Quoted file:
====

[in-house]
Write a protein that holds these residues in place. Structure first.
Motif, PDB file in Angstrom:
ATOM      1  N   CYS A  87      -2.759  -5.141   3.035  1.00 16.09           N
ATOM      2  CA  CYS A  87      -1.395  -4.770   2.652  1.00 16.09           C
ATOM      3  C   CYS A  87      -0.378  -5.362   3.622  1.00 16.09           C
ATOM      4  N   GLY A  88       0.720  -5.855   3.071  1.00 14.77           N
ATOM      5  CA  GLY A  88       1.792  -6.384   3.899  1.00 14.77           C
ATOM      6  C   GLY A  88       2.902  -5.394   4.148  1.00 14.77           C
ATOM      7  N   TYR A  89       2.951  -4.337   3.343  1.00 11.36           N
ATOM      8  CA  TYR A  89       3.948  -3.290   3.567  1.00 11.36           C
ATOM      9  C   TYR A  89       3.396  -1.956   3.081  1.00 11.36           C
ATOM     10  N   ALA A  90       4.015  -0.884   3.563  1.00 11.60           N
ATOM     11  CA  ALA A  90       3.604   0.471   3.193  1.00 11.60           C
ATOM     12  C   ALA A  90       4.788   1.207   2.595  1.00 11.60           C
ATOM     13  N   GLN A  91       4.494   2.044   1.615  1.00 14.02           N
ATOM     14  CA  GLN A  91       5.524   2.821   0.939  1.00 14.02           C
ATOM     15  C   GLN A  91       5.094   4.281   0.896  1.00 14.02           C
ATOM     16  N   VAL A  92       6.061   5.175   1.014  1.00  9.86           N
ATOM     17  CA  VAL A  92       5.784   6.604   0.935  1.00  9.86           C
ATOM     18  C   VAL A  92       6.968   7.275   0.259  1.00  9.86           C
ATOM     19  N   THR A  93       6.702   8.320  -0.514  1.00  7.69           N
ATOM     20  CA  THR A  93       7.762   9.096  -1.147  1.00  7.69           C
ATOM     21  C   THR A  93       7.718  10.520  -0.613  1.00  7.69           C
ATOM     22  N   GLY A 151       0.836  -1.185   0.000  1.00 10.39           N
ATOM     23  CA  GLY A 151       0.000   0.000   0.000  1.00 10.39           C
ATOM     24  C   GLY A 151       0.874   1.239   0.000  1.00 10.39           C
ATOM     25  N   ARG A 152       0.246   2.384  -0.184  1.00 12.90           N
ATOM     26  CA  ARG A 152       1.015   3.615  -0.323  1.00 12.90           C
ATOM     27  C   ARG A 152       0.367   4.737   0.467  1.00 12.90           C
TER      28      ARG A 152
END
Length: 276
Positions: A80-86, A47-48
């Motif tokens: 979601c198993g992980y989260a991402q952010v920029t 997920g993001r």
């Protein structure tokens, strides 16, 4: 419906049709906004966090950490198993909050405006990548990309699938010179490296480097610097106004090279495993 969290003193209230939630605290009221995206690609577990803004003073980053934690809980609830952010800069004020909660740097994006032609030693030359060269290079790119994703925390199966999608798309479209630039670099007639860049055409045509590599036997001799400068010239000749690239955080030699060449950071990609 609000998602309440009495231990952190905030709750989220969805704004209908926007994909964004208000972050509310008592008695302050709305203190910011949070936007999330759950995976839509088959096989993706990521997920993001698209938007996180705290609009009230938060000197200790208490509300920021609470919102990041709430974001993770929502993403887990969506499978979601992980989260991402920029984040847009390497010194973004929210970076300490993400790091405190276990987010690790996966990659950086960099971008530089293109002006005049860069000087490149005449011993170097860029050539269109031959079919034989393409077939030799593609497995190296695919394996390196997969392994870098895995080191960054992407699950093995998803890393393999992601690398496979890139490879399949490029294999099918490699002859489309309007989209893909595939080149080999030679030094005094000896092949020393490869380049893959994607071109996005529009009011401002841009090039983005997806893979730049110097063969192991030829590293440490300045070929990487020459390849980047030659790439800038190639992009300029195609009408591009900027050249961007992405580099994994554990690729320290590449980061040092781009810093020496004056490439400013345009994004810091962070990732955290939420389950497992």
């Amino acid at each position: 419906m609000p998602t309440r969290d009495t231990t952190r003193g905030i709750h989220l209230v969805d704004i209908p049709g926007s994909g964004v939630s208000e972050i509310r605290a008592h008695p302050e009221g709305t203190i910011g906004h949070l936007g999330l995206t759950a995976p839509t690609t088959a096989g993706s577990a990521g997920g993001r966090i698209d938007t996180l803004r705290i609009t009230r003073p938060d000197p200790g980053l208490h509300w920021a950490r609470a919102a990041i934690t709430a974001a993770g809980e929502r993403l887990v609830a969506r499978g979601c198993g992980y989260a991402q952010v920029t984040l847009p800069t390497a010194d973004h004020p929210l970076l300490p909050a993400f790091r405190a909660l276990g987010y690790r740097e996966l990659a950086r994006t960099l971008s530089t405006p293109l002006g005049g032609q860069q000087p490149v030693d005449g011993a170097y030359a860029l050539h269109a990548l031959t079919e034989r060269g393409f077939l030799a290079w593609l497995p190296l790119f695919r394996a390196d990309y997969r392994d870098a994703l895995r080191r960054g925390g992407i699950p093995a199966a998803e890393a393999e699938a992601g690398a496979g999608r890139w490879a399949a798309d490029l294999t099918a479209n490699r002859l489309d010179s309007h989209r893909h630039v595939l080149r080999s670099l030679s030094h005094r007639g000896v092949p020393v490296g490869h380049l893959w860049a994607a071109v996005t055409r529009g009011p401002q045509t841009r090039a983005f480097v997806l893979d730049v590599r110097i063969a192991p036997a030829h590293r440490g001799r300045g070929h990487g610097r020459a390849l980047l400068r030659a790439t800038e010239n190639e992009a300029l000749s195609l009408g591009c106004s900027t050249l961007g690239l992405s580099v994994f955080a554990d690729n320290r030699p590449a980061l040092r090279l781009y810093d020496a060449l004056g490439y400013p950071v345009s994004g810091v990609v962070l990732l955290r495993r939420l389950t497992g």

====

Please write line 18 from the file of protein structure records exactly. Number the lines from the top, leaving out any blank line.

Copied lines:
ATOM     15  C   GLN A  91       5.094   4.281   0.896  1.00 14.02           C